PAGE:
An Ember in the Ashes by Sabaa Tahir
Book reviews

An Ember in the Ashes – Sabaa Tahir

Release date: 28 April 2015
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5 stars

An Ember in the Ashes (An Ember in the Ashes, #1) blurb:

An orphan fighting for her family. A soldier searching for his freedom. A story burning to be told.

Laia is a Scholar living under the iron-fisted rule of the Martial Empire. When her brother is arrested in the dead of night for treason and her loved ones slain, Laia must go undercover as a slave at the empire’s greatest military academy in exchange for assistance from those who claim that they can save her brother from execution.

The academy’s finest soldier, Elias, is secretly its most unwilling. But before he can act on the desertion he plans in his heart, he’s ordered to participate in a ruthless contest to choose the next Martial emperor.

When Laia and Elias’s paths collide, they will find their destinies are inescapably intertwined and their choices will rock the future of the very empire they fear.

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Now THIS book is really good fantasy. In fact, depending on how good the rest of the series is, I may have to rewrite my top 10 fantasy series list (not the classic fantasy from the other week – the one from like a year ago…).

So, Ember tells the story of Laia and Elias and the very sad story of how the Martial Empire came to be ruling the Scholars. By ‘sad’ I mean, it’s sad how the Scholar’s are treated, but also, their ancestors should not have done what they did.

the good

Let’s start with the characters. Tahir is a skilled character writer because there’s no ambiguity with how you’re supposed to feel about each of them. You love the good ones, you hate the bad ones, you’re wary of the sneaky ones, you’re frustrated by the annoying ones, you’re ambivalent about the strange ones, and you cheer for the redemption arcs. Each of the characters play their part to further the story, but they are all also fulsome characters in their own rights. There are moments where you feel pity for the evil ones, and anger at the protagonists.

The story is told in alternating chapter points of view. Every uneven chapter is Laia, and every even chapter is Elias. And while this is ridiculously frustrating to read, you only feel that way because nearly every chapter ends on a mini cliffhanger. I don’t think I once thought ‘oh, thank goodness you’re done, let’s get back to the other one’. It was more of a ‘NOOOOOOOOO!!! I can’t leave them!!!’, every single time, no matter whose chapter it was. The only other book that I can remember being that enthralled with the POV switch is Temple by Matthew Reilly, and to be honest, I was far more into the sacred text part than Race.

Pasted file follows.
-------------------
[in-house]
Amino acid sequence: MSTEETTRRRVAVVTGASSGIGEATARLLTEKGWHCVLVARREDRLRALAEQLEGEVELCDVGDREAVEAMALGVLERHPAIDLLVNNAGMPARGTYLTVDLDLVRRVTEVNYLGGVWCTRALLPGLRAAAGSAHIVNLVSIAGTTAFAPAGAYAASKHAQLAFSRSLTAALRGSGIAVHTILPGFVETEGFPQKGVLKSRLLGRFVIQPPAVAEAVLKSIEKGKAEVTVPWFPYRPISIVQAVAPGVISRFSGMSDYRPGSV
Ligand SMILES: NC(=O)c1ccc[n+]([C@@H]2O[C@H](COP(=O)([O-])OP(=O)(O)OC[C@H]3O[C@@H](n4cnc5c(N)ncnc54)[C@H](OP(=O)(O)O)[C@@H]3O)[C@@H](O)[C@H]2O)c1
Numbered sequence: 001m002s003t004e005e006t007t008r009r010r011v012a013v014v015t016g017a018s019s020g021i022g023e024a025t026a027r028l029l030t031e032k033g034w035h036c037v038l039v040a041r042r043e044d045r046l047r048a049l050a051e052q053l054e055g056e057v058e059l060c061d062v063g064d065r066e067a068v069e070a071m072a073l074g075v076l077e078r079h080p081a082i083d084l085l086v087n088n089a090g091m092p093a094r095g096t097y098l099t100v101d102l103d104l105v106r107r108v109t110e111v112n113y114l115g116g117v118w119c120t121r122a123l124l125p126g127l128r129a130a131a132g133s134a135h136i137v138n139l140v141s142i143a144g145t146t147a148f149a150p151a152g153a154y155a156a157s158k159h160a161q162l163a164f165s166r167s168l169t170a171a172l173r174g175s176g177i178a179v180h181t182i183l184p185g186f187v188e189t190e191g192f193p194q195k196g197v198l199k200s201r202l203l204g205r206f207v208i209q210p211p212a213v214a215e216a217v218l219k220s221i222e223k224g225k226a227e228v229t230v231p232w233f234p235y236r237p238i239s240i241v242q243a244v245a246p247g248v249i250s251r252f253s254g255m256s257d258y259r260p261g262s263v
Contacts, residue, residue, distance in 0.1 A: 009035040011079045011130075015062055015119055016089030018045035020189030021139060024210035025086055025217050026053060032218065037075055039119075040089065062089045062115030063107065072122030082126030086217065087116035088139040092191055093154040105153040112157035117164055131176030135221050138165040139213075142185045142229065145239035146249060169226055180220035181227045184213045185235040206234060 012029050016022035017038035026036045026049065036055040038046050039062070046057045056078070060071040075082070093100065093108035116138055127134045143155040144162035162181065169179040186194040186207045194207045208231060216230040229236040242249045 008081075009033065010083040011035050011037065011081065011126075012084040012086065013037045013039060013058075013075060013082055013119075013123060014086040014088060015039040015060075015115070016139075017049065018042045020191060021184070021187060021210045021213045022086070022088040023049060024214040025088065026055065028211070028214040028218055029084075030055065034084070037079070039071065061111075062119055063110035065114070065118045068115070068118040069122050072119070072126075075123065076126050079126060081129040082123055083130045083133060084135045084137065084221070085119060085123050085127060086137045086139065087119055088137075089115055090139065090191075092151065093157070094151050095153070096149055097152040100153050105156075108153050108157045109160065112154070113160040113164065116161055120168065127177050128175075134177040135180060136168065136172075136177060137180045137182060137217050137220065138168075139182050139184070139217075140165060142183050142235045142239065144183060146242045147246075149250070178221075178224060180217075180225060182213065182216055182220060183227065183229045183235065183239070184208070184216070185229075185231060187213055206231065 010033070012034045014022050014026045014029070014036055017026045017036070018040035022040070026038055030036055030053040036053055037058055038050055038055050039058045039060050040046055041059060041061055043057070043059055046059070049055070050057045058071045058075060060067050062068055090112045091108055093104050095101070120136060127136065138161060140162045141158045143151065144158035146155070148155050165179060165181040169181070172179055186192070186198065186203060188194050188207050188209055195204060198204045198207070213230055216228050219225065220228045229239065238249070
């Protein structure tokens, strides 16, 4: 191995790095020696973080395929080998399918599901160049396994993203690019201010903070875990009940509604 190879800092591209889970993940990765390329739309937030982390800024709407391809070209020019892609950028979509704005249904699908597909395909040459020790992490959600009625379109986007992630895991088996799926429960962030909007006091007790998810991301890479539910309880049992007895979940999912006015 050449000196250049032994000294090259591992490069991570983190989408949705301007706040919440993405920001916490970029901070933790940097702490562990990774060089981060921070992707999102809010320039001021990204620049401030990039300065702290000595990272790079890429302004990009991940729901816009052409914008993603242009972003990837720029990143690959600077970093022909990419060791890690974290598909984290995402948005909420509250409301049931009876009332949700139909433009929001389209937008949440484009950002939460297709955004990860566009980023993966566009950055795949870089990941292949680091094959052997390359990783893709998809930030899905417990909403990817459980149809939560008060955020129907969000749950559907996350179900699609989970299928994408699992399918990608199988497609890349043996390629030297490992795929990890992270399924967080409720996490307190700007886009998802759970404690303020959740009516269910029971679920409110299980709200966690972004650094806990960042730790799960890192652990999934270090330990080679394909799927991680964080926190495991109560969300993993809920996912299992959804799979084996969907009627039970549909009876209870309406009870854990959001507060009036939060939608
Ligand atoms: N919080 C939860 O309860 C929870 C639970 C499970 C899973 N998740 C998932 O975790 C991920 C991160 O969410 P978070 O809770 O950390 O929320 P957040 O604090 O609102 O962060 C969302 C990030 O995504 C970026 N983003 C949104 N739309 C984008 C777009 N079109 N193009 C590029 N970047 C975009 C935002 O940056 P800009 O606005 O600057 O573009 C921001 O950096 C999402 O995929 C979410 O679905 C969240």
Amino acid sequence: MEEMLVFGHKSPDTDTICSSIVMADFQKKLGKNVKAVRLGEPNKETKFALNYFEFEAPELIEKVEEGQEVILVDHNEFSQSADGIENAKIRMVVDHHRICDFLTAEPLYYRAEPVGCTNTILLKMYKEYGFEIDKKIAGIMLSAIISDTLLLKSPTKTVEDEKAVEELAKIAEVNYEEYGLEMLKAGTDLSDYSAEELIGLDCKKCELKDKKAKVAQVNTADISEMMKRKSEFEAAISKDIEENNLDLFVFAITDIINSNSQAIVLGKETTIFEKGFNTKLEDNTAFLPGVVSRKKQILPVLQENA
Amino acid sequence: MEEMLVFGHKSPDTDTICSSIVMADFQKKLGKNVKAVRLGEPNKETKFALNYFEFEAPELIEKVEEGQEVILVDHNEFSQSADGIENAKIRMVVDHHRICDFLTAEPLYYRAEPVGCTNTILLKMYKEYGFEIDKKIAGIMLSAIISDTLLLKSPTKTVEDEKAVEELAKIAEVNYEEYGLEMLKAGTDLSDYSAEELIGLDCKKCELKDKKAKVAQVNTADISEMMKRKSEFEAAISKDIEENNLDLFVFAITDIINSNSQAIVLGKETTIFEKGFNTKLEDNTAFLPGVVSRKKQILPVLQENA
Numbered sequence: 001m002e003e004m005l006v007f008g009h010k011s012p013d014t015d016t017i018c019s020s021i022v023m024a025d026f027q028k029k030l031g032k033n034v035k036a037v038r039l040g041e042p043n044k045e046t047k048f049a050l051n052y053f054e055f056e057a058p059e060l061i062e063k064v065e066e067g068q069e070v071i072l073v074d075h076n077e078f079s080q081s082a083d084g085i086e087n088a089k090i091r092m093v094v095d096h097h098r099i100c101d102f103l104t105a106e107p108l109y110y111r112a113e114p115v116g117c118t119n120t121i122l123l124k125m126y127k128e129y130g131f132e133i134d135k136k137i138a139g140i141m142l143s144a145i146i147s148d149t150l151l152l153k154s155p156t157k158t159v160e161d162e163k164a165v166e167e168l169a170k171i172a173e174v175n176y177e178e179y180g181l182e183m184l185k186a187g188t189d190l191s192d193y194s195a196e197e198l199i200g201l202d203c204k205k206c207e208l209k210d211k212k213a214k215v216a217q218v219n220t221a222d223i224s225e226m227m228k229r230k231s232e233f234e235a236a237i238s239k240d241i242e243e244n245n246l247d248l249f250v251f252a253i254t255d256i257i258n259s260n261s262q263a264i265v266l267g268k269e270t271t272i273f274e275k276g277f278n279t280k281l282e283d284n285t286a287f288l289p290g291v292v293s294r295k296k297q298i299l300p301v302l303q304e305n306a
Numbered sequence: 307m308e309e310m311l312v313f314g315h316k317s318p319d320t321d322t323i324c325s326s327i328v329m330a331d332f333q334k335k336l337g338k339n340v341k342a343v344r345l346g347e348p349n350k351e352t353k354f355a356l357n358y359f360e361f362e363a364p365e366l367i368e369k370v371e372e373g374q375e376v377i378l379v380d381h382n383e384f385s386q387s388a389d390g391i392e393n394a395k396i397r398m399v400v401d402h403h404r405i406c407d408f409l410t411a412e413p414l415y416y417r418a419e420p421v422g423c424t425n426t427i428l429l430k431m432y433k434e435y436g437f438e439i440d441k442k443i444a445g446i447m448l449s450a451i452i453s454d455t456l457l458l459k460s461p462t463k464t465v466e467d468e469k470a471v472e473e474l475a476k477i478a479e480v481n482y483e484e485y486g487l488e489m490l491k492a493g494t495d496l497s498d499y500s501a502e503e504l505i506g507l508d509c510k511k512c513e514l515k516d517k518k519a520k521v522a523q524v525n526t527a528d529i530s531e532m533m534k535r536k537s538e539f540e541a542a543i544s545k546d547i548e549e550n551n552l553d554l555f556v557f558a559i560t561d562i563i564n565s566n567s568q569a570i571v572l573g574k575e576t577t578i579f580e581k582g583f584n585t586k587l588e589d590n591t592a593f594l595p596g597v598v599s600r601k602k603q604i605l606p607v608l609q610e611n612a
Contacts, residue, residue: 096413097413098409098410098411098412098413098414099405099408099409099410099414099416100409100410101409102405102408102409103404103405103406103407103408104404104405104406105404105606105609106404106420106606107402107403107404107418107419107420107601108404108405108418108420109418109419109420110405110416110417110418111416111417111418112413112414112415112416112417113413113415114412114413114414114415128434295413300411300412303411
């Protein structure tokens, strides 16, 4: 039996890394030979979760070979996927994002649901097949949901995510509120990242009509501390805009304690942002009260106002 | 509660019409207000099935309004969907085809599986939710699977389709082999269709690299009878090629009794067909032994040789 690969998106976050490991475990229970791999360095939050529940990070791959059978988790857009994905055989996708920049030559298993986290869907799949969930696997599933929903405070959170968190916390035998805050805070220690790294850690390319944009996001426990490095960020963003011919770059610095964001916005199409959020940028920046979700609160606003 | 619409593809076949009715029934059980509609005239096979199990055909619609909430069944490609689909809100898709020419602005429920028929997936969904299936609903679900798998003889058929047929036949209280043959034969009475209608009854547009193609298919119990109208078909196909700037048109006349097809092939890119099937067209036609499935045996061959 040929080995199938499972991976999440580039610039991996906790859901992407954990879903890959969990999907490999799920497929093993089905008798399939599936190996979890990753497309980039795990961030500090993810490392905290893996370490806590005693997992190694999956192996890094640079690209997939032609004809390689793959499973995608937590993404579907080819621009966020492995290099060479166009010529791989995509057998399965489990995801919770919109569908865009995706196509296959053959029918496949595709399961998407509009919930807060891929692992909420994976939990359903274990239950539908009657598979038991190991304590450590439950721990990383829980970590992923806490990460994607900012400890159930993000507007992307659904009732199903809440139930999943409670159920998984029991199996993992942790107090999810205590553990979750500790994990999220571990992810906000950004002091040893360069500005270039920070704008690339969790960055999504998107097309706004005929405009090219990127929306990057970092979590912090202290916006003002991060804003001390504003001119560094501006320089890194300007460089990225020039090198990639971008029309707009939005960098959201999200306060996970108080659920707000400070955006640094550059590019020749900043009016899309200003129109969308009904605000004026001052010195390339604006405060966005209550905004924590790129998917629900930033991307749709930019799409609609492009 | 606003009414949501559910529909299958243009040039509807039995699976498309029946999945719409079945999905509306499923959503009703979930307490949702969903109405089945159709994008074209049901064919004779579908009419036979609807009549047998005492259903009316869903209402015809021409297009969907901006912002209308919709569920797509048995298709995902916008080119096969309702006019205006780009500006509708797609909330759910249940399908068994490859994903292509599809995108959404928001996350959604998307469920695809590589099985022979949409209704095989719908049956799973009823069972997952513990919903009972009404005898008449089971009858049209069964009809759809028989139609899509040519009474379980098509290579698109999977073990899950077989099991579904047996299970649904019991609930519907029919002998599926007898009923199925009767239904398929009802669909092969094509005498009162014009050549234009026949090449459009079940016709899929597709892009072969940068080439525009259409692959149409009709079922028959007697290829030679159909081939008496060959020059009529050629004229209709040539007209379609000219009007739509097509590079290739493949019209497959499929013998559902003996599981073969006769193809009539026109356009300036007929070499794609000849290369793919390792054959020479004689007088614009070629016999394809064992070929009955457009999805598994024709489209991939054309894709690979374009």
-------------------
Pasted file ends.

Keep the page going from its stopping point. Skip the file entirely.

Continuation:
The plot was fast paced enough to keep the story moving – it’s pretty short for a fantasy novel (correction, I thought it was short, but my copy is 450 pages) although it is book one of four as well. But having the quiet moments, like at the festival, interspersed with the action doesn’t make it feel overly dramatic, or like a bad 80’s action movie too (*cough* Matthew Reilly *cough*). And it’s the quiet moments that also help balance plot with character build as well.

the not-so-good

The fourth book isn’t out yet so I can’t binge read the series.

Oh yeah, and I’m not really keen on the love triangle part, but it’s not really a triangle so I feel like I can’t get mad. More like a couple in interest, and then this unrequited thing over on the side with a slight twinge every so often.

my thoughts

I really loved this book. It just had so many fantastic moments to it that I’m still thinking about ten days later with three books in between.

Ember is the type of book where you can speculate to your heart’s desire, which is so exciting, and one of the things that I secretly love about it, but also at the end I had more questions than answers… which was equally annoying but still exciting!! (Exciting because you want to read the next book immediately!!)

Also, that ending, totally not a cliffhanger!! So THANK YOU, Ms Tahir!!

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As per usual, I have *THEORIES*… Feel free to skip this paragraph if you like.

So, the traitor who turned her parents in. For the whole book I thought Mazen was too obvious a choice, although, his actions speak otherwise. But I’m wavering on him. Personally, I think that it’s Cook.

Second crackpot theory, Laia’s sister Lis is still alive and is maybe also at the place her brother is (that I can’t remember the name of right now…). So, how the hell did I come up with this? Because Laia always talks about how her parents were captured with her sister, but when she’s in the Commandant’s rooms she never mentions seeing her sister on the posters. It’s also entirely possible that Lis was captured, reprogrammed and is now a mask. She WAS only 12 at the time.


until next time, happy reading! Meeghan xo


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